Interested in learning more about leading during the COVID-19 pandemic? Check out The Jungle, a podcast hosted by leadership and business strategy faculty that focuses on how executives and other leaders are navigating uncertain times.

Pictured are empty store shelves.Why are store shelves out of products like toilet paper?

Supply chain expert Tom Kelly explains how changes to consumer behavior and the disruption to global supply chains amidst the pandemic are affecting product availability.
Read about the effects.

Read the conversation.A conversation among marketing faculty

During the height of the pandemic, marketing faculty came together to tackle distance learning and helping students (and each other) succeed. 
Read the conversation.

Read Dr. Ofstein's story.Making it work

From big dreams and determination to tears and grace: Dr. Laurel Ofstein, associate professor of management, describes her experience transitioning to distance learning. 
Read Dr. Ofstein's story.

Pictured is Dr. Alan Rea and Dr. Marcel Zondag.Distance education: You do you

Being authentic and accessible is something that students appreciate about faculty and staff members, and these qualities are even more important when teaching and providing services in a virtual environment.
Read how faculty are making it work.

Pictured is a student at a job fair.Getting career-ready during a pandemic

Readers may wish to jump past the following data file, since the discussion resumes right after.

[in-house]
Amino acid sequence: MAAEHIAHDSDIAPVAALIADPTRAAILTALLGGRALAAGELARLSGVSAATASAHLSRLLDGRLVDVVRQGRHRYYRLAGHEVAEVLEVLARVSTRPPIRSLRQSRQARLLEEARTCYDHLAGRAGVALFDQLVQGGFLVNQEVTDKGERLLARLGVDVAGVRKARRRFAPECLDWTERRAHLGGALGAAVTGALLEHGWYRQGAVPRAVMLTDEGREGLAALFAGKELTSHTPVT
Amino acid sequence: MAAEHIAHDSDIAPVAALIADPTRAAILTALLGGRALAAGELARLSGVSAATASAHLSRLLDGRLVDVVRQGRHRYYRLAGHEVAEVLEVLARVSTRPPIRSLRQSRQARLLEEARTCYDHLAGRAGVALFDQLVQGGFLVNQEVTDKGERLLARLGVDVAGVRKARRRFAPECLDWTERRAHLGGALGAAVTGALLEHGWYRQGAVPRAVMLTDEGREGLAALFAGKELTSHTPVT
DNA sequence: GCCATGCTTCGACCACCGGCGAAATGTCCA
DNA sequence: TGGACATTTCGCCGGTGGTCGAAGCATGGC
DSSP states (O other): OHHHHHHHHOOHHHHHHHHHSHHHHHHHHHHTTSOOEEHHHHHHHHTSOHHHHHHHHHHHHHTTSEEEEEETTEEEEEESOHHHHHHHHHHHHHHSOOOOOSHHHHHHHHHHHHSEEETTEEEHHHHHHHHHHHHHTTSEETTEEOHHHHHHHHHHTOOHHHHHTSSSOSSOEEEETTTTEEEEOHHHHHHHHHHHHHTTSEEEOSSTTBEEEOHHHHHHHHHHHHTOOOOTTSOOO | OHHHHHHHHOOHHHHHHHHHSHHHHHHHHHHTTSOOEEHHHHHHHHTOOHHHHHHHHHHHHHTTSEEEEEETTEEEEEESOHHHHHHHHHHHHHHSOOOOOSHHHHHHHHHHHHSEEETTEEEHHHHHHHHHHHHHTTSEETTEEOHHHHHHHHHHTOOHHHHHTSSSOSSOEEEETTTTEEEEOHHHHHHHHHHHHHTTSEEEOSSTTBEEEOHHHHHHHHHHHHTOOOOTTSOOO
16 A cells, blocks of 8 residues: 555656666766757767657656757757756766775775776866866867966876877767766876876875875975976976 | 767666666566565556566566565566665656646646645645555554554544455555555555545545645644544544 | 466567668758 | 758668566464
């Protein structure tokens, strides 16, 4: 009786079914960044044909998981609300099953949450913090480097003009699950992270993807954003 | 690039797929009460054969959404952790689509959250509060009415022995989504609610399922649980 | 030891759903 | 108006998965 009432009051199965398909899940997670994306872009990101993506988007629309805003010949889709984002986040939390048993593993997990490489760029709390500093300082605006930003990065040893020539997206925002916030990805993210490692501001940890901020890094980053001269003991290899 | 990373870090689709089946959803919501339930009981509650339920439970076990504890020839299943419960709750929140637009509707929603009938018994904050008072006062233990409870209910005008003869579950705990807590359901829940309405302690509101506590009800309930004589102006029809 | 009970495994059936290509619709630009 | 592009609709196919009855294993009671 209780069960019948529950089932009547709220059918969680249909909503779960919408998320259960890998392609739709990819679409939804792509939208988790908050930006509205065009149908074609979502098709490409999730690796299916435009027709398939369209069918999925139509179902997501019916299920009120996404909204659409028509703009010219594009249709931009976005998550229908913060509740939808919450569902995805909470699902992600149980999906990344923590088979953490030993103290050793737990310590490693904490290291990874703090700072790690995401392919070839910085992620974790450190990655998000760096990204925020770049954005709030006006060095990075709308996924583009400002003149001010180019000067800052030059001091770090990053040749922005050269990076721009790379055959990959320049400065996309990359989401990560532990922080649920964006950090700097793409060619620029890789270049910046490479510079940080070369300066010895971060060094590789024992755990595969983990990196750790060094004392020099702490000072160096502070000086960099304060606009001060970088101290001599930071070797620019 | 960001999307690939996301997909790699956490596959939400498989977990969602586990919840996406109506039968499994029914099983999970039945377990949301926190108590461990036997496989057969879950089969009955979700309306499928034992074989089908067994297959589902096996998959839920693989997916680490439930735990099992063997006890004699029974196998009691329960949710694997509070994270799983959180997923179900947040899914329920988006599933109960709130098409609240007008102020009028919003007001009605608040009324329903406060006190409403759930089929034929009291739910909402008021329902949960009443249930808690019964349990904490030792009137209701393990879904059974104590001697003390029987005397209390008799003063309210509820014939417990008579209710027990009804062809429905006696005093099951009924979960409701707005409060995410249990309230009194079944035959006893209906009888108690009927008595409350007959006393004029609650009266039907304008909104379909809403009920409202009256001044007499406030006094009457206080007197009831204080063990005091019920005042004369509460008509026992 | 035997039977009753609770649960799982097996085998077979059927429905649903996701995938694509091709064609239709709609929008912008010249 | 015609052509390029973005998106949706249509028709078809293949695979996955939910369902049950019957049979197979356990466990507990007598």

Students are looking to staff at the Zhang Career Center to guide them through internship and job searches, and are seeking out opportunities to build their portfolio of skills.
Read how the center is helping.

Pictured is Zachary Spiegla.Serving the community through Meals on Wheels

Business student Zachary Spiegla shares his experience volunteering with Meals on Wheels during the pandemic.
Read his story.

Pictured is Doug Lepisto and Derrick McIver.'This is not a simulation'—pandemic becomes real-life learning opportunity

When COVID-19 was declared a pandemic, 100 leadership and business strategy students pivoted on their original consulting projects, in order to support crisis management for businesses. 
Read their story.

Pictured is Willow Martin.Willow Martin: Finding your balance

Business student Willow Martin is balancing distance education and family commitments, aided by communication skills, clear expectations and accessible faculty.
Read her story.

Pictured is Dr. Scott Cowley.Distance education as an opportunity for empathy

Dr. Scott Cowley, assistant professor of marketing, shares that empathy is just as important as course content in WMU's move to distance education. 
Read Dr. Cowley's story.

Pictured is Dr. Jim Eckert.Distance education, resiliency and coming out stronger: Q and A with Dr. Jim Eckert

Dr. Jim Eckert, Robert S. Kaiser Professor of Sales, shares how he is shifting his courses to a distance learning model and what students and faculty can gain from the experience. 
Read the Q and A.

Pictured is a market.WMU researchers study food consumption behavior during COVID-19 pandemic:

Researchers from the Department of Marketing study how a pandemic like the novel coronavirus affects food consumption behavior, with applications that can help communities and companies in emergency management efforts. 
Read about the research.

To suggest a story please contact:

Editor: Stacey Anderson
(269) 387-6936